Hiking Bull Hill behind intrepid scouts
Thirteen years is a transitional age in a boy’s life: Old enough to deploy sarcasm, but not quite old enough to recognize when it’s being used against you.
“So … that’s the right way to go?” called out Tom Campanile, the assistant scoutmaster of Boy Scout Troop 437, which is based in Garrison. It was a beautiful autumn Sunday and Campanile and I, along with three other adults, were on our way down Bull Hill (Mount Taurus), finishing a hike with seven Scouts ranging in age from 11 to 13.
“Instead of staying on the yellow trail and ending up back in the parking lot we started from, we’re going to take the white trail, end up at Little Stony Point, and walk all the way through Cold Spring and Nelsonville to the parking lot?” Campanile asked (suggested) to the boys, who had been charged with mapping the route.
We could not see the Scouts, who had already turned onto the white trail, but after a few seconds, a voice answered back.
“Uh … yes?”
When Troop 437 goes on hikes, the oldest scouts are in charge. This time, that was Dashiell and Iain. To earn hiking merit badges, the troop was on a 5-mile hike to the summit of Bull Hill, one of the many hikes they must complete of up to 20 miles. Dashiell and Iain picked the route and led the orienteering.
The group cut a detour on the Split Rock Trail and Lone Star Trail from the plan because Dashiell and Iain decided to nix it. When they made that decision, the adults kept their mouths shut. If the Scouts aren’t endangering themselves, the group goes along.
Sometimes though, if a decision would result in an extra hour of hiking, on a route that would pass alongside busy roads, the Scouts get nudged.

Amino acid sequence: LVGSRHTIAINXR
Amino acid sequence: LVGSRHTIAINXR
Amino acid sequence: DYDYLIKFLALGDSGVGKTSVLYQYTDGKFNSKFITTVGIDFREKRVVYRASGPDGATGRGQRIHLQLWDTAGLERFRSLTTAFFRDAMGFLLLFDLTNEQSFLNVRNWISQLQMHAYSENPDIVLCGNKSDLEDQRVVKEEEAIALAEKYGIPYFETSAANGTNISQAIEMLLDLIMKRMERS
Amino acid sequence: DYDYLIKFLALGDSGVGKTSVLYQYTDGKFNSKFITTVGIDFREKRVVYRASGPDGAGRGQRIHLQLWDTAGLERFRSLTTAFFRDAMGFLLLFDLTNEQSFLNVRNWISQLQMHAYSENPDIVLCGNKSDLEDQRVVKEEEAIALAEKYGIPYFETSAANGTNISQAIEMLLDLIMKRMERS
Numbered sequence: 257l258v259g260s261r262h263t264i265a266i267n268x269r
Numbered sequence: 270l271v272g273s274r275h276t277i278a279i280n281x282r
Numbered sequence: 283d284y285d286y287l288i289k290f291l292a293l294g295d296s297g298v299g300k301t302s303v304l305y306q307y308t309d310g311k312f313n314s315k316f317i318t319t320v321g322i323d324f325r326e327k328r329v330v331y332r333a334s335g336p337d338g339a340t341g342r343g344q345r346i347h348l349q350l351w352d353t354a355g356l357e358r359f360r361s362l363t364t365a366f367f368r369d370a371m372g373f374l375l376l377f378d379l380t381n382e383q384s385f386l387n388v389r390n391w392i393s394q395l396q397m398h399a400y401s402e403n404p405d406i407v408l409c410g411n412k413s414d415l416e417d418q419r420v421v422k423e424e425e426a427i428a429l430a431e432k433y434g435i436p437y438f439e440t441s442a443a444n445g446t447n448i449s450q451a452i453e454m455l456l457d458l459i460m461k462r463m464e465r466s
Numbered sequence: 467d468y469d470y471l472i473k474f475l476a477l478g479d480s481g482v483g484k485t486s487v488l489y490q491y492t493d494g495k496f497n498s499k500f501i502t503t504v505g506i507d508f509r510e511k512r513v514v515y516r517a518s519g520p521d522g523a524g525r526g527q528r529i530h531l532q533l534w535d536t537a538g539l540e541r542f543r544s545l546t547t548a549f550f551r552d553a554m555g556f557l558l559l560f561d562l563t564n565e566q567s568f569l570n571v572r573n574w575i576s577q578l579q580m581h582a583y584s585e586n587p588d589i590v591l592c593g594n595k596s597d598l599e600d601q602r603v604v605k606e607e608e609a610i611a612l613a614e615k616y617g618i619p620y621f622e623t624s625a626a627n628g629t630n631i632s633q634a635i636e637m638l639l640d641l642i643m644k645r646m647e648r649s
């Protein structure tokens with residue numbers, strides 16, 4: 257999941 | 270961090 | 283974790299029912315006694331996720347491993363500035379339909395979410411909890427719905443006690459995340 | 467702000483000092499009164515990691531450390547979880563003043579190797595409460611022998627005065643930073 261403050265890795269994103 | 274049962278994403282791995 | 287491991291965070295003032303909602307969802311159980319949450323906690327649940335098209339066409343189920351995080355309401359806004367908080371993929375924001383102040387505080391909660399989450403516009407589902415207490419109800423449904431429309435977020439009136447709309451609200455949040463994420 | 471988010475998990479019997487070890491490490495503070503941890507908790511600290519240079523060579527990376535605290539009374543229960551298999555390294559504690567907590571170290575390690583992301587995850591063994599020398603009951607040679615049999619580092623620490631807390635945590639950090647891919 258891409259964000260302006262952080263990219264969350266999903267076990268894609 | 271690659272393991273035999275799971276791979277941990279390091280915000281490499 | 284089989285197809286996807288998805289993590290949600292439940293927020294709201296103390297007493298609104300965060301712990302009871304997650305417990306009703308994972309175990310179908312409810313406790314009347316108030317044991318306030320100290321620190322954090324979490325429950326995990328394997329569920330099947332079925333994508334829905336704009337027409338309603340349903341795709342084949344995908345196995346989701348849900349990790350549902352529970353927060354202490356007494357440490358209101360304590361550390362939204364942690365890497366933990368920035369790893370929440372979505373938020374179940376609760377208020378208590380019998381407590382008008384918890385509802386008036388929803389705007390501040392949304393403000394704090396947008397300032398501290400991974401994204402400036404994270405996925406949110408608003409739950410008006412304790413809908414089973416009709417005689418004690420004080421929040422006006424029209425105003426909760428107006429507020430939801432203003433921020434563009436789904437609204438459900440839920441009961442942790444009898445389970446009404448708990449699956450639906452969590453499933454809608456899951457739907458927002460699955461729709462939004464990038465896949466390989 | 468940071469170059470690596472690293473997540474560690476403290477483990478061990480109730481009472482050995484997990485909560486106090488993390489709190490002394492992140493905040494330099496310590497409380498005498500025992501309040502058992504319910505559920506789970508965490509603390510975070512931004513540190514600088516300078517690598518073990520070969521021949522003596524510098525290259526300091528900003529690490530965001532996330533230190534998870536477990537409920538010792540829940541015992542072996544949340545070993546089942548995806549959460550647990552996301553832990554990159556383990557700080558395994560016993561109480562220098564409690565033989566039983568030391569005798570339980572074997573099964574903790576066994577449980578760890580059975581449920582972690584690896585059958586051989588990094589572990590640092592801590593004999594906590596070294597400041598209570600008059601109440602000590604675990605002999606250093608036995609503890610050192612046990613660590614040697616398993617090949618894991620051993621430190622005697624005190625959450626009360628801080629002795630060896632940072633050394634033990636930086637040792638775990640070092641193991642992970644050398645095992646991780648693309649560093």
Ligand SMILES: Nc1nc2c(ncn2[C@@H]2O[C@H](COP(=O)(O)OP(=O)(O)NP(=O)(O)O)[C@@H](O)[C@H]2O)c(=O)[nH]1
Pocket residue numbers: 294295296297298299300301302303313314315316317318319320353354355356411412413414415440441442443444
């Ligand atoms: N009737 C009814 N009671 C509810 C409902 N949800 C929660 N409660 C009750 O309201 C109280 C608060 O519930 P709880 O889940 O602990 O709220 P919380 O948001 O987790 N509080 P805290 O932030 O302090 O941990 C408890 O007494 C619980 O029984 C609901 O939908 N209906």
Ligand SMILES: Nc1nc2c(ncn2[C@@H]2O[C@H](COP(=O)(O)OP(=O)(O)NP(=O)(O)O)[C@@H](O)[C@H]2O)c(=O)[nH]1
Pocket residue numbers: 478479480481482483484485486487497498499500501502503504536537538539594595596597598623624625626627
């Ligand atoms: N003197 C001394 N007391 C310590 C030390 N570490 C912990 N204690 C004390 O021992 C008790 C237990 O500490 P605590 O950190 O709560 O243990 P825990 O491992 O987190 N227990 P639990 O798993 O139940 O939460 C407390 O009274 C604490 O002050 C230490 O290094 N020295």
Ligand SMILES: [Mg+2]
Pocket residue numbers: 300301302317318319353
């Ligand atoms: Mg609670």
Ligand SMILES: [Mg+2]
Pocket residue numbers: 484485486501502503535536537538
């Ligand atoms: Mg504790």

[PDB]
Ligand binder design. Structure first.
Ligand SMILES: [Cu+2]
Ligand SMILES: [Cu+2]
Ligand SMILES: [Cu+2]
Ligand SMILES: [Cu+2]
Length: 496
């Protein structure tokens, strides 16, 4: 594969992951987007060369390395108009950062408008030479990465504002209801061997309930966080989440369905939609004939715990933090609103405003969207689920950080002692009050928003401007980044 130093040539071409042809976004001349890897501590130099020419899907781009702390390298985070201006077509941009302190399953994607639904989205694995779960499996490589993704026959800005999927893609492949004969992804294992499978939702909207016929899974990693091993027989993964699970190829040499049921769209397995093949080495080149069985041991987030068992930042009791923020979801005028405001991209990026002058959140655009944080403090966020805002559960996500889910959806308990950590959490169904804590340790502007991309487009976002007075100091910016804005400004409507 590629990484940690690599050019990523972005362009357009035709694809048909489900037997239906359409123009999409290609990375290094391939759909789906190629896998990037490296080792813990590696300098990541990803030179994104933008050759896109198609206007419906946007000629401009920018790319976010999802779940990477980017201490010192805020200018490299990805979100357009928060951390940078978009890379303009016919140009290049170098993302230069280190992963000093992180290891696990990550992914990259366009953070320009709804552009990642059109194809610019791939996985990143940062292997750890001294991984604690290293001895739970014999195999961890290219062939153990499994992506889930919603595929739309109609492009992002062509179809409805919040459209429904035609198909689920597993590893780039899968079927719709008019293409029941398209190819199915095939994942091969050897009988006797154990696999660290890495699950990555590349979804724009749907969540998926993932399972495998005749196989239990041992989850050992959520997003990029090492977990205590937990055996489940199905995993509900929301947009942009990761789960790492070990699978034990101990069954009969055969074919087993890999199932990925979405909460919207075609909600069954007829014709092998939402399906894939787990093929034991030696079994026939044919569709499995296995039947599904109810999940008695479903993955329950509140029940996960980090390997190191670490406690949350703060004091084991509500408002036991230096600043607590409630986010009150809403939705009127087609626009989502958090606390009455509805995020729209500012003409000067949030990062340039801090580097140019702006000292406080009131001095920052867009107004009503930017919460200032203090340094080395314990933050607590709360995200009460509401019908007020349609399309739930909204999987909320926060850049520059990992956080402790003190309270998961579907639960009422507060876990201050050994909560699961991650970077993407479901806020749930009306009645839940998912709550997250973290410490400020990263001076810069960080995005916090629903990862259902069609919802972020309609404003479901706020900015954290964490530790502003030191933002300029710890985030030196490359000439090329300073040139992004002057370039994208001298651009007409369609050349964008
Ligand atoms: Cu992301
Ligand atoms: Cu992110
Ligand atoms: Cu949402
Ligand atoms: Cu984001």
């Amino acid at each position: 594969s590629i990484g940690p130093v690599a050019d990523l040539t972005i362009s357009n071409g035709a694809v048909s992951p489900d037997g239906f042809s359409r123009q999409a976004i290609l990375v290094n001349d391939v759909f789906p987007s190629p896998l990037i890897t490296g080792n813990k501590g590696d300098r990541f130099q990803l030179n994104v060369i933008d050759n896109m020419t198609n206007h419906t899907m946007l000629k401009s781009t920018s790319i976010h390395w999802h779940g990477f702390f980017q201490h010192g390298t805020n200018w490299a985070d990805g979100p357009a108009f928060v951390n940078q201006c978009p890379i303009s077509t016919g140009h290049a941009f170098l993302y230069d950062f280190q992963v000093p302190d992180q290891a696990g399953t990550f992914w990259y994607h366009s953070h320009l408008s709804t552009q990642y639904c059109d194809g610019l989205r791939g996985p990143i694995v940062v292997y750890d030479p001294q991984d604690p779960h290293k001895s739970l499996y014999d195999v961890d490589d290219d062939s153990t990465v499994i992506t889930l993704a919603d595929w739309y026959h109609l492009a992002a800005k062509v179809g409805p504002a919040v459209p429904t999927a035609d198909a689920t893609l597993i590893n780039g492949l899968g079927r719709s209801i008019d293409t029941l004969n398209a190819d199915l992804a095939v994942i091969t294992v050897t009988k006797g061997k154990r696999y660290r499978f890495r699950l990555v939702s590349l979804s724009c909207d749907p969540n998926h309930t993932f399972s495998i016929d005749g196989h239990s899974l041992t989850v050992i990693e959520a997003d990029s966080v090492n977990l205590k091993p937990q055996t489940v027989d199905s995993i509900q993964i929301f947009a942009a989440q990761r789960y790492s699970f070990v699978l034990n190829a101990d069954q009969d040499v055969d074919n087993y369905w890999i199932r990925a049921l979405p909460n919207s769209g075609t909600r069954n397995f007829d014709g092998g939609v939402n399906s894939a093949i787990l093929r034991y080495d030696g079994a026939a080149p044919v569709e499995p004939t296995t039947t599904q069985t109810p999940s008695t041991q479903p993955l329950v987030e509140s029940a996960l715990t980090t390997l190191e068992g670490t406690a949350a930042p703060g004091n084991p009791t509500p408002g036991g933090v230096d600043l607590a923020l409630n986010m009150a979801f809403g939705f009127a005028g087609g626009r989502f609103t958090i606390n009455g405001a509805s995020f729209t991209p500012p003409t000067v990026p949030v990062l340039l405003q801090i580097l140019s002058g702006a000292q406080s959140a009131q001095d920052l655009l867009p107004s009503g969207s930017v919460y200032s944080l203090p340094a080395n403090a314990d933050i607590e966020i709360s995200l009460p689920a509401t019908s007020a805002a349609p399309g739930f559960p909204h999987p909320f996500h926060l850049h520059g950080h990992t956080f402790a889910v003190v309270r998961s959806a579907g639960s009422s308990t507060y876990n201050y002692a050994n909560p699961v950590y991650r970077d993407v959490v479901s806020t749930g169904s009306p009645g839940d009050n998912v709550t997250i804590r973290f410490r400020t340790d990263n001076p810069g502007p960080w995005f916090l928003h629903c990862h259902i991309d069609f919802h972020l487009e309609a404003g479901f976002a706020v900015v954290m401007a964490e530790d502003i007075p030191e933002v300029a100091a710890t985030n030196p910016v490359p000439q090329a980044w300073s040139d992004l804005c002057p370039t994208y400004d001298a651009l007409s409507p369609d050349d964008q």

“Are you sure?” Campanile asked about their route plan.
After a moment, one of the teens called back: “We’ve decided to take the yellow trail.”
The adults smiled at each other. I felt a strange combination of admiration and jealousy. When I was in Boy Scouts, we did not get to make decisions. We didn’t pick the route. We were not granted the responsibility of choosing our menus on campouts and cooking the meals for everyone, even if it resulted in being served, as one parent, John Pieza, put it, a “not-quite-baked potato” or burned ramen.
The adults now do their own cooking — they call themselves the Rib-Eye Patrol — but the kids still choose and cook their own. If the meals are sugar and spaghetti, that’s what they cook and eat. They also deal with the consequences.
Before the hike, Campanile asked if everyone had brought a compass. There was an uncomfortable silence. More than once, as the teenagers led us off down an unmarked herd path, an adult would have to innocently call ahead: “You guys see any trail markers?”
At the same time, the children were allowed to make the sort of mistakes that lead to knowledge. The best way to learn how to not get lost is to let yourself get a little lost once in a while. That is a tough lesson for parents, too, as they reluctantly allow their teenagers to sometimes learn the hard way.
We made good time, completing the 5.3-mile hike, with more than 1,200 feet of climbing, in less than three-and-a-half hours, including breaks. The Scouts were happy to linger at the summit, enjoying the views of Philipstown and the Manhattan skyline. The adults who lead Troop 437 treat this particular badge very seriously, using the hikes as a way to connect the kids to the unique place they’re fortunate enough to grow up in — to live in the place where they are.
When he’s not writing for The Current or teaching journalism at Marist College, Brian PJ Cronin can usually be found outside doing something questionable. You can reach him at firstname.lastname@example.org. Anyone interested in joining Troop 437 or Cub Scout Pack 137 can find more information at beascout.org.